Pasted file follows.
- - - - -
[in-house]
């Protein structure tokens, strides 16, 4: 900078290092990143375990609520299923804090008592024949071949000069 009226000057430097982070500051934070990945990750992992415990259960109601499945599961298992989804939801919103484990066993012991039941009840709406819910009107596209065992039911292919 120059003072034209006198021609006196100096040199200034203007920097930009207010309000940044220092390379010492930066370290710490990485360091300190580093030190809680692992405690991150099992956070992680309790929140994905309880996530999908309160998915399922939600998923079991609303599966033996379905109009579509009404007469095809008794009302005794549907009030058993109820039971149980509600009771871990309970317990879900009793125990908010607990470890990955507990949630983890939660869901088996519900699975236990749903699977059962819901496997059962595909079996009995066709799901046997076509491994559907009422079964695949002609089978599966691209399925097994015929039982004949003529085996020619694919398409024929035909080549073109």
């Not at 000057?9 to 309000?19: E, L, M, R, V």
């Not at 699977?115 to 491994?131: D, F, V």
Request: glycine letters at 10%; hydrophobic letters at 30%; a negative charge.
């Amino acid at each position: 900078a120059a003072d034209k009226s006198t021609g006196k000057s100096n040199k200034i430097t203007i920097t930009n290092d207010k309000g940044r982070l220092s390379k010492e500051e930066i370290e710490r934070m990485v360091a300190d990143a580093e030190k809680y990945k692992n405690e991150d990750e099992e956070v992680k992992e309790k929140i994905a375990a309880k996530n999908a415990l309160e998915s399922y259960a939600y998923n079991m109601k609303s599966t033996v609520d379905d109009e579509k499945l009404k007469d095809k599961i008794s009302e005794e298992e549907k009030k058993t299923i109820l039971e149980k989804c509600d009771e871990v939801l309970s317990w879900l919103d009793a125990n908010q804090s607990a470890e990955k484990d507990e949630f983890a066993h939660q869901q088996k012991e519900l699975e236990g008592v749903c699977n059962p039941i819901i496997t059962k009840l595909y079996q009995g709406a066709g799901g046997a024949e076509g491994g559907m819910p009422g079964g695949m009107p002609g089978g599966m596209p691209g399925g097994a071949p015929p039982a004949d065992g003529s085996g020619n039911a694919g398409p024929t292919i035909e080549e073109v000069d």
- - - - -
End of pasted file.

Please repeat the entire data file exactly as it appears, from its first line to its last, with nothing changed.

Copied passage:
[in-house]
């Protein structure tokens, strides 16, 4: 900078290092990143375990609520299923804090008592024949071949000069 009226000057430097982070500051934070990945990750992992415990259960109601499945599961298992989804939801919103484990066993012991039941009840709406819910009107596209065992039911292919 120059003072034209006198021609006196100096040199200034203007920097930009207010309000940044220092390379010492930066370290710490990485360091300190580093030190809680692992405690991150099992956070992680309790929140994905309880996530999908309160998915399922939600998923079991609303599966033996379905109009579509009404007469095809008794009302005794549907009030058993109820039971149980509600009771871990309970317990879900009793125990908010607990470890990955507990949630983890939660869901088996519900699975236990749903699977059962819901496997059962595909079996009995066709799901046997076509491994559907009422079964695949002609089978599966691209399925097994015929039982004949003529085996020619694919398409024929035909080549073109």
């Not at 000057?9 to 309000?19: E, L, M, R, V």
């Not at 699977?115 to 491994?131: D, F, V």
Request: glycine letters at 10%; hydrophobic letters at 30%; a negative charge.
């Amino acid at each position: 900078a120059a003072d034209k009226s006198t021609g006196k000057s100096n040199k200034i430097t203007i920097t930009n290092d207010k309000g940044r982070l220092s390379k010492e500051e930066i370290e710490r934070m990485v360091a300190d990143a580093e030190k809680y990945k692992n405690e991150d990750e099992e956070v992680k992992e309790k929140i994905a375990a309880k996530n999908a415990l309160e998915s399922y259960a939600y998923n079991m109601k609303s599966t033996v609520d379905d109009e579509k499945l009404k007469d095809k599961i008794s009302e005794e298992e549907k009030k058993t299923i109820l039971e149980k989804c509600d009771e871990v939801l309970s317990w879900l919103d009793a125990n908010q804090s607990a470890e990955k484990d507990e949630f983890a066993h939660q869901q088996k012991e519900l699975e236990g008592v749903c699977n059962p039941i819901i496997t059962k009840l595909y079996q009995g709406a066709g799901g046997a024949e076509g491994g559907m819910p009422g079964g695949m009107p002609g089978g599966m596209p691209g399925g097994a071949p015929p039982a004949d065992g003529s085996g020619n039911a694919g398409p024929t292919i035909e080549e073109v000069d």